Donations flow in from beneficiaries of earmark funds


POSTED: Sunday, December 13, 2009

Hawaii's four-person congressional delegation has picked up $228,560 in campaign donations from companies or organizations that they designated for federal earmarks.

Leading the list compiled with Federal Election Commission data going back to 2007 was Sen. Daniel Inouye, who collected $173,000.

The figures come from a study made by the anti-earmark group Taxpayers for Common Sense and the government reform organization Center for Responsive Politics.

Of the companies getting earmarks from Inouye, defense contractor Lockheed Martin gave Hawaii's senior senator the most money—$61,300 since 2007.

The earmark went for “;development and field test of a situational awareness and tactical decision support system for a counter-sniper weapon system,”; according to Taxpayers for Common Sense.

“;My campaign activities are kept very separate and are in full compliance with federal and state law,”; Inouye said in an e-mail from his press secretary Friday.

Earmarks are federal funds given to companies, projects or organizations. The funds are not part of the usual appropriation request, are usually not subject to a public hearing and are requested by a specific member of Congress.


Critics say they lead to unchecked federal spending. Others, such as Inouye, say they amount to less than 1 percent of the federal budget and serve as a way for Congress to direct funds to needed projects.

Taxpayers for Common Sense notes that Inouye's Senate Defense Appropriations subcommittee has grabbed 60 percent of the $2.7 billion in earmarks in their version of the 2010 defense bill, which is expected to pass Congress before Christmas.

The taxpayer organization adds that companies that gave money to senators got more earmarks than companies that did not give.

“;While contributor companies only represented 25 percent of the total requests, they got 56 percent of the earmark totals,”; Taxpayers for Common Sense noted on its web page.

Inouye said there was nothing improper about his earmarks or donations.

“;My work is motivated by the immediate needs of my fellow Hawaii residents and to position Hawaii to thrive,”; Inouye said.

Rep. Neil Abercrombie, who is expected to announce today that he will resign from Congress to run for governor, was also singled out for giving an earmark to a firm whose vice president was a campaign supporter.

CBS News featured Abercrombie in a piece on earmarks last month. The Hawaii Democrat had steered $3.5 million in earmarks to Pacific Biodiesel for a demonstration project growing plants on military land that could be turned into diesel fuel.

Kelly King, co-founder of the Kahului-based firm, was named one of four honorary co-chairs of Abercrombie's campaign for governor. She said she had requested the earmark to help her company before she was named a co-chair.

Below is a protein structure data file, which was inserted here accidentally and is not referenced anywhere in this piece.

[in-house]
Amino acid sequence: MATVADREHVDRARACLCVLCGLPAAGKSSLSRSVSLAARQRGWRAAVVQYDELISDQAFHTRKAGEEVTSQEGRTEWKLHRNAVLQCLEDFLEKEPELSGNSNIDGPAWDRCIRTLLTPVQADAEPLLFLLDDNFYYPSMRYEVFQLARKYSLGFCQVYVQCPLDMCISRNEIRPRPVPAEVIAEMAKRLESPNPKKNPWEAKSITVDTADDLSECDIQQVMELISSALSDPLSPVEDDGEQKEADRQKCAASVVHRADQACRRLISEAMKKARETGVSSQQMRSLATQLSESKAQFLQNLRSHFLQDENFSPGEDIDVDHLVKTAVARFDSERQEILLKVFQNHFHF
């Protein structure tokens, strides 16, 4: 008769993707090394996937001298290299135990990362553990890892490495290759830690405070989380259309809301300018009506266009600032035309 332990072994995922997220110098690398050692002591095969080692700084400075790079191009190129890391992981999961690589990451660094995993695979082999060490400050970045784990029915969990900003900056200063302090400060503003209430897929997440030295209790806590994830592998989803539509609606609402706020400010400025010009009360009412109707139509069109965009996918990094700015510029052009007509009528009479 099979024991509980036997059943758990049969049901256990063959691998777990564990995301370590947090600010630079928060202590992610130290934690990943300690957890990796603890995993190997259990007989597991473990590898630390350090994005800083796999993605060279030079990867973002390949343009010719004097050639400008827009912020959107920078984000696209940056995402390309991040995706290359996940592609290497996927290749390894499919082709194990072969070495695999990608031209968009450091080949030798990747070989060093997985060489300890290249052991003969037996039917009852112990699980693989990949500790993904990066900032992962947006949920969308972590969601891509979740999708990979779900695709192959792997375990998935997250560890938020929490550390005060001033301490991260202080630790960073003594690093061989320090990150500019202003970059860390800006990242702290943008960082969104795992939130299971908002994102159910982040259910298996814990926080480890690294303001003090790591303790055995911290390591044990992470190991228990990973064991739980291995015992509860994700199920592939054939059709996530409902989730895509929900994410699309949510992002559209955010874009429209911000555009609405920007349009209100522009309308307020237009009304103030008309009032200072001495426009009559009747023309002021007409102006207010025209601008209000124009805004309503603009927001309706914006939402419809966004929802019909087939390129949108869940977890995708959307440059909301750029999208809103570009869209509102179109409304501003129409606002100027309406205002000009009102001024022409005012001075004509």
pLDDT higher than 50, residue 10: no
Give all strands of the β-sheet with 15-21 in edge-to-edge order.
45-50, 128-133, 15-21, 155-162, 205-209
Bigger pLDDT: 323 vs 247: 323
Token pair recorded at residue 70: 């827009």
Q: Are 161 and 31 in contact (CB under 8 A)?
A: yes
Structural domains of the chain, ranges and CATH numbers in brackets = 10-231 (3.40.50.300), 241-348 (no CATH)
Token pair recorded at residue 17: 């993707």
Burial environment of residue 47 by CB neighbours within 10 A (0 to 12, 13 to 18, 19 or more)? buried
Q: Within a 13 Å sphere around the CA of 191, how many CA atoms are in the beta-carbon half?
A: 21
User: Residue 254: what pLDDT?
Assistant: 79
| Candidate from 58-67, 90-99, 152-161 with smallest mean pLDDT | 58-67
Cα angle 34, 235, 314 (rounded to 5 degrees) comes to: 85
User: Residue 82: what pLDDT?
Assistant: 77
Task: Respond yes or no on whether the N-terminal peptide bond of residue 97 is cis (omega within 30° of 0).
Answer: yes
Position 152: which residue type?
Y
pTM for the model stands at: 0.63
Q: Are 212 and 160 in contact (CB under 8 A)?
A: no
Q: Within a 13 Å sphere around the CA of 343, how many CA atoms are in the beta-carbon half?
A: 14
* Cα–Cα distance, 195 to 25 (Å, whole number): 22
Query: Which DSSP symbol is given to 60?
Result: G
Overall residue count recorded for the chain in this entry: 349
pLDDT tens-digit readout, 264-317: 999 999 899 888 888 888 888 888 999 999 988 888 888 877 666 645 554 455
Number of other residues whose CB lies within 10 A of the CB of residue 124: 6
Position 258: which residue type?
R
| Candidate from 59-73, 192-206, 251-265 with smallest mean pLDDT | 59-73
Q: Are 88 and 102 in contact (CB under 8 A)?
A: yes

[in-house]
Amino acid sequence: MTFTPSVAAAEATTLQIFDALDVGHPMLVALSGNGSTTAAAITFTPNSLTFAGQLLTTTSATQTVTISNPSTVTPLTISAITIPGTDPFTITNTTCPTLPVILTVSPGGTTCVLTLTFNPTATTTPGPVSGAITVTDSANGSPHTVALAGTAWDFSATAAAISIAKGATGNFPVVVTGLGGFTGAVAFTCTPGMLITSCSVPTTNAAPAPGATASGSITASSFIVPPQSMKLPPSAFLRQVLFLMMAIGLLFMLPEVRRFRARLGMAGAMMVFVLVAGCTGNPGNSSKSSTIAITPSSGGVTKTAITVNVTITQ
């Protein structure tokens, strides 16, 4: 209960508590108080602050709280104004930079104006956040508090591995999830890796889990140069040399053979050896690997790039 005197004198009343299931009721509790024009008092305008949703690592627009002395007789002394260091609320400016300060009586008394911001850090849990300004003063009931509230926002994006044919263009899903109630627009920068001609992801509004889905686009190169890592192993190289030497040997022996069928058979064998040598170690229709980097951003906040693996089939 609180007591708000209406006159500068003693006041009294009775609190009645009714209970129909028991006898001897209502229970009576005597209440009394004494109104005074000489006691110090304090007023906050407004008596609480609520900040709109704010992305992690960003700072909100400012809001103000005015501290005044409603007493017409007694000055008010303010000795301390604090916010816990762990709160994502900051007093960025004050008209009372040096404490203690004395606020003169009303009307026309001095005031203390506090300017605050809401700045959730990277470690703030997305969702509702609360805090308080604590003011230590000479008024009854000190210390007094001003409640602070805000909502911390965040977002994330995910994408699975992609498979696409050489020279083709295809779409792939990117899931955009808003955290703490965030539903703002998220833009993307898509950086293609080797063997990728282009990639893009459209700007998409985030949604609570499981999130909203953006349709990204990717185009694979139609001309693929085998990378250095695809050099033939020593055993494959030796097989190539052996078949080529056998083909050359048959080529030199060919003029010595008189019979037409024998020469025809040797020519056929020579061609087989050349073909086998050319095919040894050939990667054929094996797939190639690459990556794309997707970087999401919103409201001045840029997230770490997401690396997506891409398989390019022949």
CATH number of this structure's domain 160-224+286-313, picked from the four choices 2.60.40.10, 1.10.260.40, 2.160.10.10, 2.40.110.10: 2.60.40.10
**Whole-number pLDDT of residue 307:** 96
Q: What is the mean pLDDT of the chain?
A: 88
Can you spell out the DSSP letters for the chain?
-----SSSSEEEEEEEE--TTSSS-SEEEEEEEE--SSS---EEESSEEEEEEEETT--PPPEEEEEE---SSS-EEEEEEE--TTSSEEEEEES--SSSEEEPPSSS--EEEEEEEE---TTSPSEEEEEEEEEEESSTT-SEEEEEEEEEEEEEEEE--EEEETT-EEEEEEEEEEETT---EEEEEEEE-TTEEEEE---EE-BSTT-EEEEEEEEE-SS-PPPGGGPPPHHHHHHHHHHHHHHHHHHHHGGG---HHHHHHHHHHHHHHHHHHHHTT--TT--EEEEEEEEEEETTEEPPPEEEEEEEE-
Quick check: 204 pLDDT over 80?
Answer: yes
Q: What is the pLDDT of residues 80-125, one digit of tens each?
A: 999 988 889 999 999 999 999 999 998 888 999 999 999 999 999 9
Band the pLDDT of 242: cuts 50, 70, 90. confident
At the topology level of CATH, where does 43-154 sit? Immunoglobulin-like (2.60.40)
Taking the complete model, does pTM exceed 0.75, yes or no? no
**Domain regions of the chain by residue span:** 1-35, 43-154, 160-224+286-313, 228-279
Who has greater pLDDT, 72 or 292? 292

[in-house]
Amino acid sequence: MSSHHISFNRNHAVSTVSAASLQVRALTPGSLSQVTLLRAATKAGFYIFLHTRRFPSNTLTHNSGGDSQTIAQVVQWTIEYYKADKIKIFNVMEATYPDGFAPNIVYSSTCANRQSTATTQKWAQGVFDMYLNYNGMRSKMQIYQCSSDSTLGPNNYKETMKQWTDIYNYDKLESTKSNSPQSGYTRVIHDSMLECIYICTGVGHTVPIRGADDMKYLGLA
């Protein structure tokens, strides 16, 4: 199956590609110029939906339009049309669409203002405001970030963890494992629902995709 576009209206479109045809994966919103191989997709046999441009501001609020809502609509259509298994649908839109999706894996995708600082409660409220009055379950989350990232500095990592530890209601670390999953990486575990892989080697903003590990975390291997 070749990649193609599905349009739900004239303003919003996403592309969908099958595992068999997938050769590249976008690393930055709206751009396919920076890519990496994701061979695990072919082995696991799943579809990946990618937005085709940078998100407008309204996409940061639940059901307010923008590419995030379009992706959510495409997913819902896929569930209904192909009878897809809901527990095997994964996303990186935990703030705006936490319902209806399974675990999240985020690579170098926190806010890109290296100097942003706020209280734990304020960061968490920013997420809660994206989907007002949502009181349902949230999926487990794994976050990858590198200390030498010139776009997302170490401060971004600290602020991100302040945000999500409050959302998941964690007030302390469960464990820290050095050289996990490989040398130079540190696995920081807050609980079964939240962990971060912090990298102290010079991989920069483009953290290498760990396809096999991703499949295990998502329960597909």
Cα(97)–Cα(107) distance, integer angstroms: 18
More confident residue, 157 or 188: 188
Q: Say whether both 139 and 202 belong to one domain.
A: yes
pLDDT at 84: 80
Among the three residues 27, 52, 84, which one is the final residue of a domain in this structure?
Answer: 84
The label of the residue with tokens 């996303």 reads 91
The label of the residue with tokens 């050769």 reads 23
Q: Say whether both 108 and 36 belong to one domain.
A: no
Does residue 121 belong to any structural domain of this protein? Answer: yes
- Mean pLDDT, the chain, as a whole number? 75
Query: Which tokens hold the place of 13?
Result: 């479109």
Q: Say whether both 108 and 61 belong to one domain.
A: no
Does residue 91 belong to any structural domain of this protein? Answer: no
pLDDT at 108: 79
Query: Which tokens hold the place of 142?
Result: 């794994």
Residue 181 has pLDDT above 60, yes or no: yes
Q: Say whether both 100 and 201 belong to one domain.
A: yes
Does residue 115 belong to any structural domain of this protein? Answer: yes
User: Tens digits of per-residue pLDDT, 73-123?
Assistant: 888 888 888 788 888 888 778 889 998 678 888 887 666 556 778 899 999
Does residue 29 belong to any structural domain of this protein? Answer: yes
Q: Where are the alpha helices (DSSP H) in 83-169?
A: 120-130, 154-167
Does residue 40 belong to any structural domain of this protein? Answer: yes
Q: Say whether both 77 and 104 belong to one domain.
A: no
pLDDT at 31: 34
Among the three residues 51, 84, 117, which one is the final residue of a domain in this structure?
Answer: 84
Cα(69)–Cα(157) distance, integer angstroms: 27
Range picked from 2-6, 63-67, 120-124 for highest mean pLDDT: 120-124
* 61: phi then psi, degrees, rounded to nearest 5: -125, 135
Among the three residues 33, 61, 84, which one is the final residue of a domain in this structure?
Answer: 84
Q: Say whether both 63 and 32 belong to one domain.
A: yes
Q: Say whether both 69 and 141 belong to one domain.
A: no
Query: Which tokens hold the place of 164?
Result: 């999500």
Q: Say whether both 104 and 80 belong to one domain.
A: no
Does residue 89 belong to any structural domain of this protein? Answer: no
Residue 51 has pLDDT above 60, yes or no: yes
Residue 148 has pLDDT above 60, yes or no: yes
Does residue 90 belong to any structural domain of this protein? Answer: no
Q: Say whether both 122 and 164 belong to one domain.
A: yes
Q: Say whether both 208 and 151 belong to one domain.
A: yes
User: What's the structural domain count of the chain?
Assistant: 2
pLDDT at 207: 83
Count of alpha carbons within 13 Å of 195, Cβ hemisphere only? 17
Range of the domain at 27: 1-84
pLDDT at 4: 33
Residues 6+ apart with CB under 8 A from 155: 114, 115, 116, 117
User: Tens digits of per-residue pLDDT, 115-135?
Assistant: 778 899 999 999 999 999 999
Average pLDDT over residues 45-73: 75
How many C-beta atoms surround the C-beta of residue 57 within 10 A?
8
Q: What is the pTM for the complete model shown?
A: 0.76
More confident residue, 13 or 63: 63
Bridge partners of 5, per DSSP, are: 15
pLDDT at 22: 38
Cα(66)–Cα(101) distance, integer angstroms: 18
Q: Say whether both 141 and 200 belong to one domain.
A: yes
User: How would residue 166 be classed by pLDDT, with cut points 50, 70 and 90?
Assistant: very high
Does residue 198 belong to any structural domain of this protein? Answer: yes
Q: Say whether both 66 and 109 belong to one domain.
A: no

“;We were getting frustrated with the lack of access we were getting to federal grants and projects,”; King said in an interview last week.

She said her company had requested interviews with all four members of Hawaii's congressional delegation, but only Abercrombie and Rep. Mazie Hirono talked to her in person, and Abercrombie said her project was the sort of thing that the military in Hawaii should work on.

“;From what I know of Neil Abercrombie, I would have been supporting him anyway,”; King, a former member of the state Board of Education, said. King has personally donated $1,500 to Abercrombie campaign, but she said her firm had never contributed to Abercrombie.

Laurie Au, a spokeswoman for Abercrombie's campaign for governor, said the congressman keeps his campaign and congressional activities separate.

“;As long as earmarks are a tool to advance state and national interests, Congressman Abercrombie will continue to evaluate them on their merits and secure funding for worthy projects in Hawaii, whether for education, clean energy, health care, the environment, or developing high tech industries,”; Au said.

According to a study done with Taxpayers for Common Sense and the Center for Responsive Politics, Abercrombie sponsored or co-sponsored 41 earmarks totaling $165,034,800 in fiscal year 2009 ranking second out of 435 representatives.

Dave Levinthal, communications director for the Center for Responsive Politics, noted that every contribution from a client that won an earmark would have to be analyzed before saying the contribution was meant to influence an earmark.

Records for each member of Hawaii's delegation were not available for every year. Hirono, for instance, requested 71 earmarks totaling $162 million in 2009, but most of her earmarks are in conjunction with requests from other members of Congress.

Hirono received $12,400 in contributions from firms for whom she helped win earmarked federal money in fiscal 2008-09.

Sen. Dan Akaka shows $2,000 in contributions and earmarks of $2.4 million, according to the Center for Responsive Politics, but the figures are incomplete and only show 2008.